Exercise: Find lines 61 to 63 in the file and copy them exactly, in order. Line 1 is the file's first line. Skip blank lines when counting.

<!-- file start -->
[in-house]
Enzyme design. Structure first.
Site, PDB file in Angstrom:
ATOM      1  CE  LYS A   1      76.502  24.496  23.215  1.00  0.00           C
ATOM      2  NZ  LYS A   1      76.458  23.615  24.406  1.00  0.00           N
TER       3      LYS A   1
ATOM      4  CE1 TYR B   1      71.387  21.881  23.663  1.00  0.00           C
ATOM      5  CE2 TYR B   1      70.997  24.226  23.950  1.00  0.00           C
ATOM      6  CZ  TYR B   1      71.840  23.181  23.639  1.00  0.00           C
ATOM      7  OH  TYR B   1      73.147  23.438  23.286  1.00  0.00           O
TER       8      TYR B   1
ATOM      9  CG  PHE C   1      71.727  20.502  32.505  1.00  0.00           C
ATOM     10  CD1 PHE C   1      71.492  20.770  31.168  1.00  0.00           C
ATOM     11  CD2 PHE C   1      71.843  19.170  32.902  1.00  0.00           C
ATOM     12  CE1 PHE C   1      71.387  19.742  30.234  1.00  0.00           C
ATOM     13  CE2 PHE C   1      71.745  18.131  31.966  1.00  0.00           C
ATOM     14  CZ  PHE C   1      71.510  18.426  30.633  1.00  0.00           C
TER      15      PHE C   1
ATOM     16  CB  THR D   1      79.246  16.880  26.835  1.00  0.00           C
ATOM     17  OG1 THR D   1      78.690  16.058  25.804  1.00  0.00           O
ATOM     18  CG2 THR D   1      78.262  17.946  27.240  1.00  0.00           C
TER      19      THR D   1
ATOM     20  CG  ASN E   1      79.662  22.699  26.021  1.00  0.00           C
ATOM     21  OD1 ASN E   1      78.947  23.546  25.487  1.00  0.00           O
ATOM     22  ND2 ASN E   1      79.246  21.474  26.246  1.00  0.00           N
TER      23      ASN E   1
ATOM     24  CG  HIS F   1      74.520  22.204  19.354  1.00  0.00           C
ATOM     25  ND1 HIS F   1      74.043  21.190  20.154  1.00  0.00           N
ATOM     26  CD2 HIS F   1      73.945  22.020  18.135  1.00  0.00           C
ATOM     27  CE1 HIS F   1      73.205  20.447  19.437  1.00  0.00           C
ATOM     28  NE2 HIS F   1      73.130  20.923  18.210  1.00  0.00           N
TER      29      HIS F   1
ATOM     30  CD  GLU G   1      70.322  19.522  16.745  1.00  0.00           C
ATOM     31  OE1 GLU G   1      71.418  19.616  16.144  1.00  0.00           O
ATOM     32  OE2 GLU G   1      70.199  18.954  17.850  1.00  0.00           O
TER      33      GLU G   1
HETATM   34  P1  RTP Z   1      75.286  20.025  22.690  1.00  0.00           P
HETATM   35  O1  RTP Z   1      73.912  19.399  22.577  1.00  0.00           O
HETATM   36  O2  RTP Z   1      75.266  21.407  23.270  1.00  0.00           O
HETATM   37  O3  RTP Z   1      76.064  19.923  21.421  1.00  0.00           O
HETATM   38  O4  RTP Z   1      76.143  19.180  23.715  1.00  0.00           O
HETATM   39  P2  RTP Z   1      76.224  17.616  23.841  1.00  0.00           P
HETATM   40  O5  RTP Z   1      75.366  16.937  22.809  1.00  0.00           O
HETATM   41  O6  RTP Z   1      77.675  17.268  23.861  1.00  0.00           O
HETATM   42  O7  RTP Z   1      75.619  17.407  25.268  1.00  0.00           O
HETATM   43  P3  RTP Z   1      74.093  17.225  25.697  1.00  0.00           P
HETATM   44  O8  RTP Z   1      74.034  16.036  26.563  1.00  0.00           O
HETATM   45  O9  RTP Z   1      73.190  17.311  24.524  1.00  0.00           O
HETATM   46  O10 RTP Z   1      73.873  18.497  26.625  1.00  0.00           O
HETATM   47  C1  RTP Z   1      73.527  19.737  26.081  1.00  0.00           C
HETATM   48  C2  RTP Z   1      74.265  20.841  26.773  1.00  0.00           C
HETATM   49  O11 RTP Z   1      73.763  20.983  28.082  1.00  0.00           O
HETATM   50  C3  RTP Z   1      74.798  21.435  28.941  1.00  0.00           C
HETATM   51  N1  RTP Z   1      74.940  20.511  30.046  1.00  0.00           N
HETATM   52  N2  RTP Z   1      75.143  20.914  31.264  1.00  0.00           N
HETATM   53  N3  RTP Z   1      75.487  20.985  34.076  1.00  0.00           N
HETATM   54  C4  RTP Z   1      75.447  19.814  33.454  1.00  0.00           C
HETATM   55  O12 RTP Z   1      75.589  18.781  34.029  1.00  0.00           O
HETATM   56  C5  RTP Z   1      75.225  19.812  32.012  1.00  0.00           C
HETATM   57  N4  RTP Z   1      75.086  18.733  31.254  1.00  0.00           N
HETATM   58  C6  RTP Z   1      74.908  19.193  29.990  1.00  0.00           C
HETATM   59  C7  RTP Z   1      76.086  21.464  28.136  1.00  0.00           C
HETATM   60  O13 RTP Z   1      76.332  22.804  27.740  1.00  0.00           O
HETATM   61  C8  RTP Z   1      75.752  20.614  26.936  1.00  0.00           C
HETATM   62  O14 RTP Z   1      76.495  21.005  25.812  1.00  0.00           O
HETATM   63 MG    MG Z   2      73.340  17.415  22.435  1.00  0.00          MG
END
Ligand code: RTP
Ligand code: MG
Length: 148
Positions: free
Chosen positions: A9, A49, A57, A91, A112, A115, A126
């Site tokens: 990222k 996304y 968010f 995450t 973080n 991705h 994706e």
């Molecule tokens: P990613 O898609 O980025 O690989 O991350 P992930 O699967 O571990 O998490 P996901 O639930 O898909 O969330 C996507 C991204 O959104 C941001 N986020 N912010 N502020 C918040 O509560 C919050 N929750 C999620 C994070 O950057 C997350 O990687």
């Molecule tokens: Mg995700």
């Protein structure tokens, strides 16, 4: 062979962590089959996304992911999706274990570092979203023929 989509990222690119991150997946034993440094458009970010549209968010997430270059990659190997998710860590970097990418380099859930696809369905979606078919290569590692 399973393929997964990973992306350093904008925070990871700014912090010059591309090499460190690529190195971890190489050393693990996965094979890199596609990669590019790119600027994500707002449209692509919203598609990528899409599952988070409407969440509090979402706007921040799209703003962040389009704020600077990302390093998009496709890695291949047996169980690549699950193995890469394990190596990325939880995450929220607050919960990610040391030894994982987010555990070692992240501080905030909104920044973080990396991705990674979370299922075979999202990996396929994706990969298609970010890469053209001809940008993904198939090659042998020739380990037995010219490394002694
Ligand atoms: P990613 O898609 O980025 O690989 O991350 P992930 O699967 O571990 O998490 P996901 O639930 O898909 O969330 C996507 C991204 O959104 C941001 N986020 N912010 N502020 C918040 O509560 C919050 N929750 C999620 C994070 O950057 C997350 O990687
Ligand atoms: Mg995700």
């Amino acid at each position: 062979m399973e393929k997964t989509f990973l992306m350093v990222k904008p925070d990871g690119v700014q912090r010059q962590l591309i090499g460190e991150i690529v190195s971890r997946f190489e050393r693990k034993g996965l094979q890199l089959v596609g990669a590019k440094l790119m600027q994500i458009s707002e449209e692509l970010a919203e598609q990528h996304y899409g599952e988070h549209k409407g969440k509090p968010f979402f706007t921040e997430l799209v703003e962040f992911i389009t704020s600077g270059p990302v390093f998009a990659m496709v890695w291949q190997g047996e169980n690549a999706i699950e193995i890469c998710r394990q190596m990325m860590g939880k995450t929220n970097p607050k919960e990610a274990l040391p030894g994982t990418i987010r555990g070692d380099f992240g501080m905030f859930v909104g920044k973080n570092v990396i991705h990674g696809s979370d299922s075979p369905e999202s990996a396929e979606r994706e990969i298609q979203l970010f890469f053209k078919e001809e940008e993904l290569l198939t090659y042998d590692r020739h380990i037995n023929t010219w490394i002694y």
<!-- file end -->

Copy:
HETATM   58  C6  RTP Z   1      74.908  19.193  29.990  1.00  0.00           C
HETATM   59  C7  RTP Z   1      76.086  21.464  28.136  1.00  0.00           C
HETATM   60  O13 RTP Z   1      76.332  22.804  27.740  1.00  0.00           O